In season one, the Duck/McDuck family worked together to defeat Scrooge’s most dangerous adversary Magica De Spell (Catherine Tate), only for the audience (but not the characters) to find out that Donald’s Sister Della (Paget Brewster), the mother of the triplets, was still alive and stranded on the moon.
In season two, Della finally makes it home, only for the Moonlanders, led by General Lunaris (Lance Reddick) to invade Earth. He is thwarted by the Ducks, Darkwing Duck (Chris Diamantopolous), and Scrooge’s rival Flintheart Glomgold (Keith Ferguson), but it turns out that this threat has forced an even greater evil power to escalate their plans: F.O.W.L. (the Fiendish Organization for World Larceny).
Now, the Ducks have set out to locate a collection of the lost treasures of Scrooge’s idol Isabella Finch while F.O.W.L. plots to get them first.
This has been a solid three-stage development for this show. The first season was mostly about acclimating the audience to the new world of DuckTales, which, while it still resembled its 1987 counterpart, had been updated in both tone and animation style to be more in line with Disney’s new animated series like Gravity Falls or Star vs. the Forces of Evil. It also abandoned the original series’ episodic nature and instead was a serial, which allowed the show to build up Magica’s threat gradually over the series, as well as the mystery of what happened to Della.
Season two didn’t expand the adventuring, but instead doubled down on expanding the series emotionally. It showed us the backgrounds of several of the characters from the last season and recontextualized their actions, which is a great storytelling device when done well (like the Ice King in Adventure Time) and expanded on the emotional loss felt by the Duck family over Della going missing. Then, when she returns, it’s not quite the happy reunion with her kids that she’d hoped for, because they’ve spent ten years without her. While they’re fighting giant golems or robots, the show still demonstrated that Della’s return was affecting everyone emotionally and that it was a gradual process to deal with it. It also gave us a little taste of nostalgia by bringing back the Three Caballeros and Darkwing Duck, which was basically a set-up for this season.
The theme for season three is “nostalgia.” It was advertised a while ago that the third season would contain almost every character from Disney’s ‘90s afternoon lineup and so far it has delivered on it and then some. I don’t want to say who has appeared so far, but I can say that making them canon to this show bodes well for future episodes. There’s even an episode which takes place in a ‘90s sitcom, just to make sure that everyone gets a full blast of that extreme pre-financial crisis optimism that is so hard to even remember now.
It’s the fact that the show was willing to be patient with their properties that makes it work. They didn’t bring Della back in season 1, nor was it just a “she’s back, everything’s normal now” situation. Season 2 gave us Darkwing Duck in an amazing reboot, but they only used him sparingly. Similarly, Season 3 is giving us several characters, but even when they appear it’s only ancillary to the storyline. It’s not overloading us on anything, instead just making us want it more. Really, I’m impressed with the restraint.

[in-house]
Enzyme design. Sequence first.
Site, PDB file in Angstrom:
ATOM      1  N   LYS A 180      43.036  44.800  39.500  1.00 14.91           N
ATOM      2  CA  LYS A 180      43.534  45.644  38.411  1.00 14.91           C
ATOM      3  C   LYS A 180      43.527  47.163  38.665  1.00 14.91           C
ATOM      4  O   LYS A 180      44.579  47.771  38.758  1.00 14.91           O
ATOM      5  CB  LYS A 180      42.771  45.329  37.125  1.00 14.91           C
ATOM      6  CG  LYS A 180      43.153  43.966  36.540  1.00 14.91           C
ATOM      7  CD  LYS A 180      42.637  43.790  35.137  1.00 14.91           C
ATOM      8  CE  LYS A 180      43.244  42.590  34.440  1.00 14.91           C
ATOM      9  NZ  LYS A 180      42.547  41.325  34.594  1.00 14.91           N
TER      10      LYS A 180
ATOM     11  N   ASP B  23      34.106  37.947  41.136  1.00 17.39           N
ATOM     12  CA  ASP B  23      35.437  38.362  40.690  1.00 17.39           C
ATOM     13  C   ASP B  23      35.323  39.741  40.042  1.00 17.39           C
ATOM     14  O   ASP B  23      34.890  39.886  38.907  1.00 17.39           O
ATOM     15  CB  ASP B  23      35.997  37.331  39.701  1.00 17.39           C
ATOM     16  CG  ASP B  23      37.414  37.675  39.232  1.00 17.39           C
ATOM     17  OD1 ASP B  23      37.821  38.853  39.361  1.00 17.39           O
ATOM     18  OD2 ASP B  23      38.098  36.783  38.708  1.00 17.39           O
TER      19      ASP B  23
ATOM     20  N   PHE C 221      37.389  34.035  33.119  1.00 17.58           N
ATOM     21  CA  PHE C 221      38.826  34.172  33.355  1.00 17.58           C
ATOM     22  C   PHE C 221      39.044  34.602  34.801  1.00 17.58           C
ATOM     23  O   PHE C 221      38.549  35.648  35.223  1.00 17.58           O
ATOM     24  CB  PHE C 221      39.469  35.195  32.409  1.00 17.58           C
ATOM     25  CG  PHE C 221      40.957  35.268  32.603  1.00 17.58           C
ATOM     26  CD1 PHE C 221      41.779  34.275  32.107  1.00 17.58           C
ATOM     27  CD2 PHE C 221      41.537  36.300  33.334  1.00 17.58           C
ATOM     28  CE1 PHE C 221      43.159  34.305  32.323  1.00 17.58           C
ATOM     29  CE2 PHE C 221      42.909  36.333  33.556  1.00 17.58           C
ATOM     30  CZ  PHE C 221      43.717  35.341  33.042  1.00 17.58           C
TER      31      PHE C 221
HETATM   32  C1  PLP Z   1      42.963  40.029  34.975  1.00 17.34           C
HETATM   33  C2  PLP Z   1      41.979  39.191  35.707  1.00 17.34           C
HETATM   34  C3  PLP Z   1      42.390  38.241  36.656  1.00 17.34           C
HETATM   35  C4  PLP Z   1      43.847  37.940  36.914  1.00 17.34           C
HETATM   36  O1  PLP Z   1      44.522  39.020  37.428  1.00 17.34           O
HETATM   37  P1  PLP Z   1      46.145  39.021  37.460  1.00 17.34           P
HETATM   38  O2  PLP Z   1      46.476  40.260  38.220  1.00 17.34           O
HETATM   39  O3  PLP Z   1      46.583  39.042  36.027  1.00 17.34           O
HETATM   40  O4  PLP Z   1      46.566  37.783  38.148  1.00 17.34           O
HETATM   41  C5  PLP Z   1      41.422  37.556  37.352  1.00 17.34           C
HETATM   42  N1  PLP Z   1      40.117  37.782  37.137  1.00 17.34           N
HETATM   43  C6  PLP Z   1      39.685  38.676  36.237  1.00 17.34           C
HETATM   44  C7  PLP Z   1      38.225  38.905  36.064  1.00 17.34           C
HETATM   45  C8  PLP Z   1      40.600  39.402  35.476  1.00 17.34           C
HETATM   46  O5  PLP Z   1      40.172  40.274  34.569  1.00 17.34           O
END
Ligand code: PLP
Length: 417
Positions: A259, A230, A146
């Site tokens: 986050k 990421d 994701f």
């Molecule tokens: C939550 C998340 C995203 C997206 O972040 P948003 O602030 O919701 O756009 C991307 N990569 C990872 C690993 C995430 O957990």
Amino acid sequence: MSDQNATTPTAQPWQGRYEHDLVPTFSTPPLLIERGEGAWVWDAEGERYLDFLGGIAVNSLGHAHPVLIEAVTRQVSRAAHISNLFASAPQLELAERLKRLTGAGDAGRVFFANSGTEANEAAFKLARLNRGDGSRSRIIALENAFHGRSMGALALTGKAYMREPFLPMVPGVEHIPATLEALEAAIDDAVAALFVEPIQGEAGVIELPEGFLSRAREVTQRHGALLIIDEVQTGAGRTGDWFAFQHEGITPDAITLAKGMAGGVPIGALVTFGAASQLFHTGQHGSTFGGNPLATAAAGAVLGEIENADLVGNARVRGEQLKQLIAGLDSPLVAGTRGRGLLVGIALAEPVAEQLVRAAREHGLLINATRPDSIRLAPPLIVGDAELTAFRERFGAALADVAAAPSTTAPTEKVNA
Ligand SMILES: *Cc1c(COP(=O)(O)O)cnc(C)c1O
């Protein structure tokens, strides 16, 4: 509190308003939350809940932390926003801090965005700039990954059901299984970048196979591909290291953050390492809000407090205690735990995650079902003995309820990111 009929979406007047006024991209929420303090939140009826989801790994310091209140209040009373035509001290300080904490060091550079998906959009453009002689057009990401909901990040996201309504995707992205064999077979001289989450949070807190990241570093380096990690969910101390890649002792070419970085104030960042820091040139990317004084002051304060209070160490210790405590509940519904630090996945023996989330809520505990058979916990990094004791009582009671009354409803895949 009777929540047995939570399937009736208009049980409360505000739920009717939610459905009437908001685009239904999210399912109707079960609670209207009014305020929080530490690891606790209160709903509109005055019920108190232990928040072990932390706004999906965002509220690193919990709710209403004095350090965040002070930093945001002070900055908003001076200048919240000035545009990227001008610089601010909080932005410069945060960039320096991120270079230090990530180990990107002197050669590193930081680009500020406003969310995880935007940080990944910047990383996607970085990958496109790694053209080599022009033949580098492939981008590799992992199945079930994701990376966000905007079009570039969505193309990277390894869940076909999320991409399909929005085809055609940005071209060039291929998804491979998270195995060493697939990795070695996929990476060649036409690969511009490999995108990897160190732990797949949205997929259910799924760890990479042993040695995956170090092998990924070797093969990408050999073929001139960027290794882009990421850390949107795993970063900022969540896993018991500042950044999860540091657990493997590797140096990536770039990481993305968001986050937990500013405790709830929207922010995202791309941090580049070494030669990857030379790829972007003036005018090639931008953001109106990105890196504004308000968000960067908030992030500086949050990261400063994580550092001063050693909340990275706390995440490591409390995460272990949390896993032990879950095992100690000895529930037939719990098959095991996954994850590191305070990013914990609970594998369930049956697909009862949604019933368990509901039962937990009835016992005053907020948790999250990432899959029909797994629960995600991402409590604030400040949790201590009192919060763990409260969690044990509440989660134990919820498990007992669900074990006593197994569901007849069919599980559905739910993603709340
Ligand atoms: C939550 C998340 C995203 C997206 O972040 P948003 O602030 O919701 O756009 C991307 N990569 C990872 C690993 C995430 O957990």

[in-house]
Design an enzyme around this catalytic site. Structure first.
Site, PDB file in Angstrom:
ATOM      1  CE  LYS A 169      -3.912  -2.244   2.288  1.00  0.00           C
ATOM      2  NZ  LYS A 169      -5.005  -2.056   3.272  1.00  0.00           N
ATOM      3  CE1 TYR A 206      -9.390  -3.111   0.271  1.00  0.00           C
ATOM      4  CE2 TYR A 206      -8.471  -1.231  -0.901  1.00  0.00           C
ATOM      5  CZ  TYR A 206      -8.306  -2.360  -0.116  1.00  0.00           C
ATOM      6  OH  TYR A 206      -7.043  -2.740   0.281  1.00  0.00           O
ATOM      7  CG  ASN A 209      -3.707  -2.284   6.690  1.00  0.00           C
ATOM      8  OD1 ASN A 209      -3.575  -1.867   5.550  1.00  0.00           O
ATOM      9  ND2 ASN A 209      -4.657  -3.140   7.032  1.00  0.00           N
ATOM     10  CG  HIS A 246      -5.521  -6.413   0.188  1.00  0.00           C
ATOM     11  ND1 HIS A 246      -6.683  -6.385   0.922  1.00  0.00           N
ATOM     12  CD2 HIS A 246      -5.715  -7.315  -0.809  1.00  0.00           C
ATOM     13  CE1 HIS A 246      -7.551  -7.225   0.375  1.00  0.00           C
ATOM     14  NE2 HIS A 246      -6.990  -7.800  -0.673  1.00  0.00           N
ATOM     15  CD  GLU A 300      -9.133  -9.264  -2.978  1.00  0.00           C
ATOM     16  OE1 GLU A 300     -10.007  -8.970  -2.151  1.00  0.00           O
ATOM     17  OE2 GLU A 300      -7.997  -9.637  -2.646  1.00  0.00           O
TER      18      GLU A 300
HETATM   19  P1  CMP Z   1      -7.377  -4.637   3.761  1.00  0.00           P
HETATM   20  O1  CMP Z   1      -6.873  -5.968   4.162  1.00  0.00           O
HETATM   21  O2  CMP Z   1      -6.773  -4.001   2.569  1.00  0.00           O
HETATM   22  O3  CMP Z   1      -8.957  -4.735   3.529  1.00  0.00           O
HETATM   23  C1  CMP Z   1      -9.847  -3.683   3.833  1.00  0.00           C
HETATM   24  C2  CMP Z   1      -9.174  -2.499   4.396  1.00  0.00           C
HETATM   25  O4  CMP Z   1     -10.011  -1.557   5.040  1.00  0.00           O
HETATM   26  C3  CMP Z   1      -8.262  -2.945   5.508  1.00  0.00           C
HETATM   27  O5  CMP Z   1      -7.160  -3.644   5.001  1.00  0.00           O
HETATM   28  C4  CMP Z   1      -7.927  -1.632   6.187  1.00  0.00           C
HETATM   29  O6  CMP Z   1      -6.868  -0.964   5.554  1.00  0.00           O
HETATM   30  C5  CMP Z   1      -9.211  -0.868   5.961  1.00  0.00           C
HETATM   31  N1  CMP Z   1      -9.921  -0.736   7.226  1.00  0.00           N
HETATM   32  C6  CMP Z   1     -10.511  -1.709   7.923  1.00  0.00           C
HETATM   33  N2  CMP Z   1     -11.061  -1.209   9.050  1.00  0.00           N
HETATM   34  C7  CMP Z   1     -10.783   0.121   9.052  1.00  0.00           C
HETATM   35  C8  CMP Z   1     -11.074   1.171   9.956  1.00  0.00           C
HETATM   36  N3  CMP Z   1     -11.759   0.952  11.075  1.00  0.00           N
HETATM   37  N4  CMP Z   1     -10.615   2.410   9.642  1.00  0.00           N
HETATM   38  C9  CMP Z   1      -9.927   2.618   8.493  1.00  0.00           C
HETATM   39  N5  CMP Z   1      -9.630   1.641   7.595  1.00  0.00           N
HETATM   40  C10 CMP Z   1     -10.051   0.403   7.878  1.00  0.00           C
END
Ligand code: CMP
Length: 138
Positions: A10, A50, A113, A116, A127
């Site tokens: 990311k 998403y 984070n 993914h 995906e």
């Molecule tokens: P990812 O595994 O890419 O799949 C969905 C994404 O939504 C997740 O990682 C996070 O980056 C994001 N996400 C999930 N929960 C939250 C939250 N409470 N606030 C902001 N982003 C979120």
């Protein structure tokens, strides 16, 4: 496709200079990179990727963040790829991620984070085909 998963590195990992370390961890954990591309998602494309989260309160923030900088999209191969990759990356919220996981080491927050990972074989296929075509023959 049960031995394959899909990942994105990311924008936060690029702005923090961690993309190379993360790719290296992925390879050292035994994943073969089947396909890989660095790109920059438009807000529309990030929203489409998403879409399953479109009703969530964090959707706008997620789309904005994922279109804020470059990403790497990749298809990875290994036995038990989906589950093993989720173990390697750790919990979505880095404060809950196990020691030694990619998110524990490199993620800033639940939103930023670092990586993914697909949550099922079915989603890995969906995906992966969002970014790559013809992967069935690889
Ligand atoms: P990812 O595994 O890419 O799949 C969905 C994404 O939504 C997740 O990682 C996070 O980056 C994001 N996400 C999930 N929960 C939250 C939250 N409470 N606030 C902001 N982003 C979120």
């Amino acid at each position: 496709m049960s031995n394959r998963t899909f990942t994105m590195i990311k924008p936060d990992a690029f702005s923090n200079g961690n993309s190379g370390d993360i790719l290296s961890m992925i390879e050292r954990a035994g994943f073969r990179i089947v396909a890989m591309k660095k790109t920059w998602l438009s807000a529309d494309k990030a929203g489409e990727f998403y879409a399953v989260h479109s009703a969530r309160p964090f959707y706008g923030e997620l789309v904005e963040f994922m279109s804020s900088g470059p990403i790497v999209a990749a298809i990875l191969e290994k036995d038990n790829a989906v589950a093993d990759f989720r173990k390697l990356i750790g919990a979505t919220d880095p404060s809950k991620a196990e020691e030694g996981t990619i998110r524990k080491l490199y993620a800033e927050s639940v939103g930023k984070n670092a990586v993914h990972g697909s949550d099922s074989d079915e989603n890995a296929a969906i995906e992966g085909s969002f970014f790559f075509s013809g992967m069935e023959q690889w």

Overall, still love the show, recommend it highly.
They might solve a mystery or re-write history. DuckTales re-boot!
People constantly complain about reboots, but it’s not like they’re a guaranteed failure. I preferred the new Battlestar Galactica to the original, there have been who knows how many amazing film and television versions of Batman, and From Dusk ‘Til Dawn even did a solid job going from film to television. Hell, I think that Scooby Doo’s best incarnation was the 12th. Still, there’s no denying that, a lot of the time, it feels like reboots are just cash grabs aiming for our nostalgia wallets. Because of that, every time a show comes out that’s just a reboot of an old property, I’m inherently suspicious. So, when they first announced that a new DuckTales was coming out, I didn’t put a huge amount of faith in it.
As time went by, though, I admitted that I started to get excited. First, they announced the cast for the show by having them sing an acapella version of the theme song. This both showcased the insane level of talent they managed to grab and also showed that they were paying their respects to the past series.
Then, they announced that Lin-Manuel Miranda would appear in the series as Gizmoduck, cementing the return of one of the more beloved creations of the original cartoon and having him voiced by a genius composer and playwright. They announced that Tony Anselmo would be voicing Donald Duck, giving the show ties to the regular Disney canon. They released a copy of the show’s intro sequence which was a combination of the original Carl Barks Uncle Scrooge comics with the original cartoon, but updated and redesigned, with the same theme song only a little jazzier. Oh, and they dropped the bombshell during Comic Con, just a month before the show was set to premiere, that Darkwing Duck would make an appearance, a character that people have been begging to get more of for 20 years.
At this point, I was just worried that this was all going to fall apart. Then, they did the last thing I would have expected: They put the pilot on YouTube. Not behind a paywall, not for a limited time, they just put the pilot “Woo-oo!” online, and IT WAS FANTASTIC. Watch it right now!